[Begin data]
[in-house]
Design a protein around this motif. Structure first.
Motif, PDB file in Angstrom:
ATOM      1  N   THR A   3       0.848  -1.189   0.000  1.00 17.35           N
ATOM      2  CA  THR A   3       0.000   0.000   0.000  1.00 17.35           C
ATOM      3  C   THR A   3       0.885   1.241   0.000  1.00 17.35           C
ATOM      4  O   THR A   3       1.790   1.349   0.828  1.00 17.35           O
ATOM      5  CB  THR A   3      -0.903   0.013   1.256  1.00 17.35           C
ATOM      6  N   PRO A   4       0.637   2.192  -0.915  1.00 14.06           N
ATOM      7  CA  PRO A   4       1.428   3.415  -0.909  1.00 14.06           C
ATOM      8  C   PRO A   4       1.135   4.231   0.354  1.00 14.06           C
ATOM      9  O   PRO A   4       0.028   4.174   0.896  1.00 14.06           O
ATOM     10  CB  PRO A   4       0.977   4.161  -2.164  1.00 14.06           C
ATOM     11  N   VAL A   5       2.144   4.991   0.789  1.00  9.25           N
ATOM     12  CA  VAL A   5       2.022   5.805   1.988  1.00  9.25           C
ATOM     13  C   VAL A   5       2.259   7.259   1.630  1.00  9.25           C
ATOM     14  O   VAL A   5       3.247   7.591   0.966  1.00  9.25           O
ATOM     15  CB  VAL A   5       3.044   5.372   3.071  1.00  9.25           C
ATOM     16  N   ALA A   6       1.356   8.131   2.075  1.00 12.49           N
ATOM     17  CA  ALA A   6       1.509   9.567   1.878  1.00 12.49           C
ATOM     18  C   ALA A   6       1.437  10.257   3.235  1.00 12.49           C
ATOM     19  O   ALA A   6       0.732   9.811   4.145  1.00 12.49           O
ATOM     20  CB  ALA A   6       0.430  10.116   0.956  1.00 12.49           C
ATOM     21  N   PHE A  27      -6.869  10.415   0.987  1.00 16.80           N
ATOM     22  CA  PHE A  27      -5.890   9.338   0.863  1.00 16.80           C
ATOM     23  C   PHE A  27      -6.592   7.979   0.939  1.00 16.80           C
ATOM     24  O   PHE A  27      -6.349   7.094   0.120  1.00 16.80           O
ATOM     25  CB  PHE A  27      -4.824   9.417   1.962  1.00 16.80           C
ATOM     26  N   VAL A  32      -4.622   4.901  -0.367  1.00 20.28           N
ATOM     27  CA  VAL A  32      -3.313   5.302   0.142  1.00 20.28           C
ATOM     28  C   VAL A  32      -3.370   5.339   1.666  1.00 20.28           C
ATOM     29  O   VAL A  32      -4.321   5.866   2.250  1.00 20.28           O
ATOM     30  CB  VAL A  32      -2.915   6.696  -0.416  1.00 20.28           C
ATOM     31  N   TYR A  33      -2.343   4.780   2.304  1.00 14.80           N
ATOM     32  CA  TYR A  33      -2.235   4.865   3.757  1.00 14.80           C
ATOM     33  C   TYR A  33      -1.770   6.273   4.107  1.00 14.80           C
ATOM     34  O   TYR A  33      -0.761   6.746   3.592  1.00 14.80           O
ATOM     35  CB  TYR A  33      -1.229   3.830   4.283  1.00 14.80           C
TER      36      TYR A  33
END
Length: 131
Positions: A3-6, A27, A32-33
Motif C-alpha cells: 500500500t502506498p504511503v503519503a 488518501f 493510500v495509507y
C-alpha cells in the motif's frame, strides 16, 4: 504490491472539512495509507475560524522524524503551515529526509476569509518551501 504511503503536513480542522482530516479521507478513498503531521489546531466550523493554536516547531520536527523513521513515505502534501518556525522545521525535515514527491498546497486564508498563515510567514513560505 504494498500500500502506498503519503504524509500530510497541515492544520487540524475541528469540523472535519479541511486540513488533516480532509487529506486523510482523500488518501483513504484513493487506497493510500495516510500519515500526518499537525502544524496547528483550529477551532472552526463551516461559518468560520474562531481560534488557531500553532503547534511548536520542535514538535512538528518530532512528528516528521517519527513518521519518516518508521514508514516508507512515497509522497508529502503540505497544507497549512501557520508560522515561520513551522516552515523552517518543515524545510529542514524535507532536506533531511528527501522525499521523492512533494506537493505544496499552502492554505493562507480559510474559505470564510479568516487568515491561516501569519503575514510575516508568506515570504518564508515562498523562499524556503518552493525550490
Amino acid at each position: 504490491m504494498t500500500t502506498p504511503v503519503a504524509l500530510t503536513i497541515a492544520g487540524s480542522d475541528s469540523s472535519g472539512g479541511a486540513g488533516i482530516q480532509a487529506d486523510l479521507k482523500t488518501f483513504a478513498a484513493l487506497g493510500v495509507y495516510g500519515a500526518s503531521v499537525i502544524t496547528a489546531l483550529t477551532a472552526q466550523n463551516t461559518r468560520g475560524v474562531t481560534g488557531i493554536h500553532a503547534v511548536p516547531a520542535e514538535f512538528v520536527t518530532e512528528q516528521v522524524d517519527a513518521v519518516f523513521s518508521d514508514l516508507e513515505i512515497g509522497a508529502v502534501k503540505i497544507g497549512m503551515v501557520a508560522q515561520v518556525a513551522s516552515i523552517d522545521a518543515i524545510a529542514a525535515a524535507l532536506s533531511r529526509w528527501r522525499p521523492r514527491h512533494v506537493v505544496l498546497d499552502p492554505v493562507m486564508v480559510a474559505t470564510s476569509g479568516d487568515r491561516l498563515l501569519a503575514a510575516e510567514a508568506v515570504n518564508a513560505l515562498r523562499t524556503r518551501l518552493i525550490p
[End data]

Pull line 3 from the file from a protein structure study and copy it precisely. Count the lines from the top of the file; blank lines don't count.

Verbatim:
Motif, PDB file in Angstrom: